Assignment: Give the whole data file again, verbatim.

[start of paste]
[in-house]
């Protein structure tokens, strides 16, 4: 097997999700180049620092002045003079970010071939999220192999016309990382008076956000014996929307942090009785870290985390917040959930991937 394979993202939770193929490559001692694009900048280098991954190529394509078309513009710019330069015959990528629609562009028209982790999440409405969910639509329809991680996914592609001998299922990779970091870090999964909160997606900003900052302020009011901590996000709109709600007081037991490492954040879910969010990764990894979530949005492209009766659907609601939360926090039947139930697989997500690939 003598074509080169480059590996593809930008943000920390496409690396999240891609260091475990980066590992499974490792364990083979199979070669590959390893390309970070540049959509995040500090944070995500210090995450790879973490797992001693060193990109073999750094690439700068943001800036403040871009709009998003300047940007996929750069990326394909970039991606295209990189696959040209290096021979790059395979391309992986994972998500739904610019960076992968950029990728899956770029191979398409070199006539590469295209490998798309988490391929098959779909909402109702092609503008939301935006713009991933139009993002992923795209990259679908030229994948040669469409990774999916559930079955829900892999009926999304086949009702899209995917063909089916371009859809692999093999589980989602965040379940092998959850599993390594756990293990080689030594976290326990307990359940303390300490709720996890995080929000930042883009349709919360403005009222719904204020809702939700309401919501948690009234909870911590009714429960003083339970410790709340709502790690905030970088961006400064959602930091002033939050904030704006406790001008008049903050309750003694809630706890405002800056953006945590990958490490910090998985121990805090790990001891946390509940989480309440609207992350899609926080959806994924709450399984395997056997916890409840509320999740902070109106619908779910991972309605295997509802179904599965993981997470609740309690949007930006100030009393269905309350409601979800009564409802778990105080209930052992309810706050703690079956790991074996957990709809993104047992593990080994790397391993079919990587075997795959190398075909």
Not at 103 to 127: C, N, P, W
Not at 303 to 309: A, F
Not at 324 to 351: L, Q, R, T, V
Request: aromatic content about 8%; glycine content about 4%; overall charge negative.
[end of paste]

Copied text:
[in-house]
């Protein structure tokens, strides 16, 4: 097997999700180049620092002045003079970010071939999220192999016309990382008076956000014996929307942090009785870290985390917040959930991937 394979993202939770193929490559001692694009900048280098991954190529394509078309513009710019330069015959990528629609562009028209982790999440409405969910639509329809991680996914592609001998299922990779970091870090999964909160997606900003900052302020009011901590996000709109709600007081037991490492954040879910969010990764990894979530949005492209009766659907609601939360926090039947139930697989997500690939 003598074509080169480059590996593809930008943000920390496409690396999240891609260091475990980066590992499974490792364990083979199979070669590959390893390309970070540049959509995040500090944070995500210090995450790879973490797992001693060193990109073999750094690439700068943001800036403040871009709009998003300047940007996929750069990326394909970039991606295209990189696959040209290096021979790059395979391309992986994972998500739904610019960076992968950029990728899956770029191979398409070199006539590469295209490998798309988490391929098959779909909402109702092609503008939301935006713009991933139009993002992923795209990259679908030229994948040669469409990774999916559930079955829900892999009926999304086949009702899209995917063909089916371009859809692999093999589980989602965040379940092998959850599993390594756990293990080689030594976290326990307990359940303390300490709720996890995080929000930042883009349709919360403005009222719904204020809702939700309401919501948690009234909870911590009714429960003083339970410790709340709502790690905030970088961006400064959602930091002033939050904030704006406790001008008049903050309750003694809630706890405002800056953006945590990958490490910090998985121990805090790990001891946390509940989480309440609207992350899609926080959806994924709450399984395997056997916890409840509320999740902070109106619908779910991972309605295997509802179904599965993981997470609740309690949007930006100030009393269905309350409601979800009564409802778990105080209930052992309810706050703690079956790991074996957990709809993104047992593990080994790397391993079919990587075997795959190398075909």
Not at 103 to 127: C, N, P, W
Not at 303 to 309: A, F
Not at 324 to 351: L, Q, R, T, V
Request: aromatic content about 8%; glycine content about 4%; overall charge negative.